The North West India
During the second century B.C. when the great Mauryan Empire had crumbled and fell, the north-west India suffered from a series of invasions, which had far-reaching effects on this region.
The Bactrian Greeks who occupied first the Kabul valley and then the Panjab were undoubtedly a thorn in the side of India. Probably their military methods were fiercer and more ruthless than those to which Indian kings had been using. Indian kings were strictly governed by war rules & war ethics set up by their ancestors. For example they would never ever attack enemy camps after sunset, they would never ever attack & kill unarmed enemy soldiers, they would never ever harm civilians, they wouldn’t destroy crops etc etc.
Enemies took advantage of this weakness of Indian kingdoms.
There are enough references to prove these points in ancient sanskrit literary sources.
Invaders raided Indian heartland several times,
The Greek occupation of India, in the light of her later history, by no means, was a disaster, like Mughal invasions. Through it introduced new blood and new ideas into the rich culture of india, and during the second century B.C.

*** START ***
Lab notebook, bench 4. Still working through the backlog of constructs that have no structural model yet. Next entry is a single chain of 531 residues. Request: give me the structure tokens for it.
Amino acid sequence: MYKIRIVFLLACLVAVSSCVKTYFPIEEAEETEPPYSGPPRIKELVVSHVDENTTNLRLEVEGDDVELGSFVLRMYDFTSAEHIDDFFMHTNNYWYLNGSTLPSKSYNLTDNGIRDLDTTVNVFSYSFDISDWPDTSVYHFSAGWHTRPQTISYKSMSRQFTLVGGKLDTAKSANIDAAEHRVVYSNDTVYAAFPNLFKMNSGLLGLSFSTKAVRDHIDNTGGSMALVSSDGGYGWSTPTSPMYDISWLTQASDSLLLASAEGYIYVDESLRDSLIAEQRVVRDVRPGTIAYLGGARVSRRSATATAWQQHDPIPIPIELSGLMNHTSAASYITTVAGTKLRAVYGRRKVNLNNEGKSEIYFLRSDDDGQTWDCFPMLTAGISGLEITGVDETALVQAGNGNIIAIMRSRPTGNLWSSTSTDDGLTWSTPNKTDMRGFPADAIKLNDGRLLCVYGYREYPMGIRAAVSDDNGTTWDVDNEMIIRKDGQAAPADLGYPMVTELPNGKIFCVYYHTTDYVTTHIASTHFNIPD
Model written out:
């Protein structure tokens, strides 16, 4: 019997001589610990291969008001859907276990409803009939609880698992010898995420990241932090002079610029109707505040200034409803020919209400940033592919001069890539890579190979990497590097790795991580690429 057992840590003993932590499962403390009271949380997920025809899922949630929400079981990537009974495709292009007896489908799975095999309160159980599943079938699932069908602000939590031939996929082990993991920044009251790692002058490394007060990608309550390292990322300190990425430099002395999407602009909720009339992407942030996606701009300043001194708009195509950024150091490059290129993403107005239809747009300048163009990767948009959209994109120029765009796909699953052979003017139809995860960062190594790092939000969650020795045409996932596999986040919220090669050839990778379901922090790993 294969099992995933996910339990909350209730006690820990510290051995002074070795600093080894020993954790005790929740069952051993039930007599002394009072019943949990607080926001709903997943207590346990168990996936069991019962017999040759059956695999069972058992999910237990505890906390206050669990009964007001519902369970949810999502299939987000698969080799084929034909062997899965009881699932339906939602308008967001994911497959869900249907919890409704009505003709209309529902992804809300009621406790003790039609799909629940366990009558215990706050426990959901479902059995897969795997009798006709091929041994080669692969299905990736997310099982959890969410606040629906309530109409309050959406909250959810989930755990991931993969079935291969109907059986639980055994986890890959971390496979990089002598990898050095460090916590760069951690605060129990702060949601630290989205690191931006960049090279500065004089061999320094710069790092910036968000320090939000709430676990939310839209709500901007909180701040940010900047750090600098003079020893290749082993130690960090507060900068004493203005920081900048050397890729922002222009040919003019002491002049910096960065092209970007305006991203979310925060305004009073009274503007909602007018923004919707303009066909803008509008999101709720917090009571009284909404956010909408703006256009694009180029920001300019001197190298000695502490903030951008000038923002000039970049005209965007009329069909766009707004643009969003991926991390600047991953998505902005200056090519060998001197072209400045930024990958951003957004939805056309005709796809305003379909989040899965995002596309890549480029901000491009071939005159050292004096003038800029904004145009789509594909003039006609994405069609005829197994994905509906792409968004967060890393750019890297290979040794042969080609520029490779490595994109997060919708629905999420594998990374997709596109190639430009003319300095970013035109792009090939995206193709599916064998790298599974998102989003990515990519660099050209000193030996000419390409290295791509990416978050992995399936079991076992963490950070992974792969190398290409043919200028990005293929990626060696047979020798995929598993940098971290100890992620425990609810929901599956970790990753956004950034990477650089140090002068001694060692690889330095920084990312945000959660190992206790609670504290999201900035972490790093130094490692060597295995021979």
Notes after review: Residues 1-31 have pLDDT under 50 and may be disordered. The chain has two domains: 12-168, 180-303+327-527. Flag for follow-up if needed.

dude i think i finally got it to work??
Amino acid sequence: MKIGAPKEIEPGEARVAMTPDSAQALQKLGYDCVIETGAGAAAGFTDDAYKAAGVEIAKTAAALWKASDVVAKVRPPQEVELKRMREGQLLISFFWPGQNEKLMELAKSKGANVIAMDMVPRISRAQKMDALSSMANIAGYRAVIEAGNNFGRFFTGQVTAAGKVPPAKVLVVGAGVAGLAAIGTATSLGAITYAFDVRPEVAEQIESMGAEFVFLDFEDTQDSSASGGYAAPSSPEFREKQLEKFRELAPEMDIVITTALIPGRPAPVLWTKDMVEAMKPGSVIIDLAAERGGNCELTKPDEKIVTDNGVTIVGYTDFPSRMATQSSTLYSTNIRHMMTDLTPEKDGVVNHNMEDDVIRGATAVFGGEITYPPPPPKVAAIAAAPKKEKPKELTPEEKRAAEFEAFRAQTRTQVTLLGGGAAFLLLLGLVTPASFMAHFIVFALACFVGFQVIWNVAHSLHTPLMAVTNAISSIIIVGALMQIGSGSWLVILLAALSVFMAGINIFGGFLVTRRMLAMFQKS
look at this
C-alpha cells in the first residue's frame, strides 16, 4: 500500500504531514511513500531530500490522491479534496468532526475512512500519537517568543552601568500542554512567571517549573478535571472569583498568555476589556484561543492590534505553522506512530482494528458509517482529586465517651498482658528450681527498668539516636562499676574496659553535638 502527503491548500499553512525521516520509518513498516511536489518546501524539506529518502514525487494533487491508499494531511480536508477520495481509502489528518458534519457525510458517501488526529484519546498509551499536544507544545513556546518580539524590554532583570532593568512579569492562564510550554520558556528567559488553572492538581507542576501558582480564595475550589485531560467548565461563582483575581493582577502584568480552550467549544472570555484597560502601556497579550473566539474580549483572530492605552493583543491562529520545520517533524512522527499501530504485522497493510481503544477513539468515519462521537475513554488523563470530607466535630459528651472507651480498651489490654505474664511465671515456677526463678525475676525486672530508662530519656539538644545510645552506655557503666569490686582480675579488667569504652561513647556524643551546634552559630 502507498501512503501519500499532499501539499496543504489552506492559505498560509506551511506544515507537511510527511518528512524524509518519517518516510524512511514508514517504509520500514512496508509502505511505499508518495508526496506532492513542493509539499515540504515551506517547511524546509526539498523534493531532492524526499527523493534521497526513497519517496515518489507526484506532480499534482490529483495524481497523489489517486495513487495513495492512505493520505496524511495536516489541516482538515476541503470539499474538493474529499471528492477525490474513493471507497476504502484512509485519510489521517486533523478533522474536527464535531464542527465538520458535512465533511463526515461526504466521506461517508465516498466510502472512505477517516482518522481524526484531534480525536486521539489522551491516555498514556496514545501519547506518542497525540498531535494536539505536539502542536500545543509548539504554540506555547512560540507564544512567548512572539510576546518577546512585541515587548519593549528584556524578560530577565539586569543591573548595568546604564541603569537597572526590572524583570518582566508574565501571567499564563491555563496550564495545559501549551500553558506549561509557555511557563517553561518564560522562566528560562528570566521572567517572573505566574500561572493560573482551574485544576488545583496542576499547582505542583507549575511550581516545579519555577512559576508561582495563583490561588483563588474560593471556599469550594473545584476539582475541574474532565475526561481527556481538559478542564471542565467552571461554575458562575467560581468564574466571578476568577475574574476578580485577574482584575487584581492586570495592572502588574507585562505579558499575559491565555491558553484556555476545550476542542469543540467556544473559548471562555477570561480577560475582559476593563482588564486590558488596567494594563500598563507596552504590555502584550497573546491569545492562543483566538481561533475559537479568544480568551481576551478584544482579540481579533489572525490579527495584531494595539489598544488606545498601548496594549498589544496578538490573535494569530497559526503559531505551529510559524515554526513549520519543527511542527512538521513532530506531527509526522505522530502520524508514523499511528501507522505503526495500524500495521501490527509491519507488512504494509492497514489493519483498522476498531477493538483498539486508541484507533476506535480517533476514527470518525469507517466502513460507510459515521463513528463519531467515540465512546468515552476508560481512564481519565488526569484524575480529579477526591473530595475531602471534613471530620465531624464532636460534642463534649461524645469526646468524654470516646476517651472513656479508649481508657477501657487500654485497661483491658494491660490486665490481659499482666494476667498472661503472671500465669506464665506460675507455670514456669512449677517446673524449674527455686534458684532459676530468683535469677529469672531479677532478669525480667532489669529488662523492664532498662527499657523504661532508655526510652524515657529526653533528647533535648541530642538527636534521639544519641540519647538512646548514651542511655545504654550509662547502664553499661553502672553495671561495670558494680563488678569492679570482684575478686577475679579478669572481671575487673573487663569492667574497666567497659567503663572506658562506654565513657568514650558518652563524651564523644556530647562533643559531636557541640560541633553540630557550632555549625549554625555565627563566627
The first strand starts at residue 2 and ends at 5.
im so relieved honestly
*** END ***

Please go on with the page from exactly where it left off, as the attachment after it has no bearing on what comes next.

This was the period when Indian culture began to take new forms-an age of rapid change and development, pregnant with the future.
The Greeks themselves, quickly began to come to terms with the culture of the people whom they were ruling.
Menander, the Buddhist and Heliodorus, the worshipper of Vishnu are the two best-known examples of a class of semi-Indianised Greeks which must have been quite large and have increased in number as the Greek rulers became more firmly settled in their new lands. The assimilation of new ideas which has always been a striking feature of Indian cultural life resulted in the complete disappearance of almost every trace of these Indo-Greeks with the exception of an enormous corpus of beautiful coins which are the most important source for the historians who study this period.
In the early years of second century B.C, India was invaded by the Greek rulers of Bactria. The administration of the later Mauryas crumbled and the Sungas had emerged as a new force.
Unfortunately, a few narratives which were notoriously hostile to the Brahmanical forces as well as Greeks had foreign sources. Therefore there is a need to investigate the Brahmanical literatures also especially The Mahabharata, the Vedas, Ramayana etc.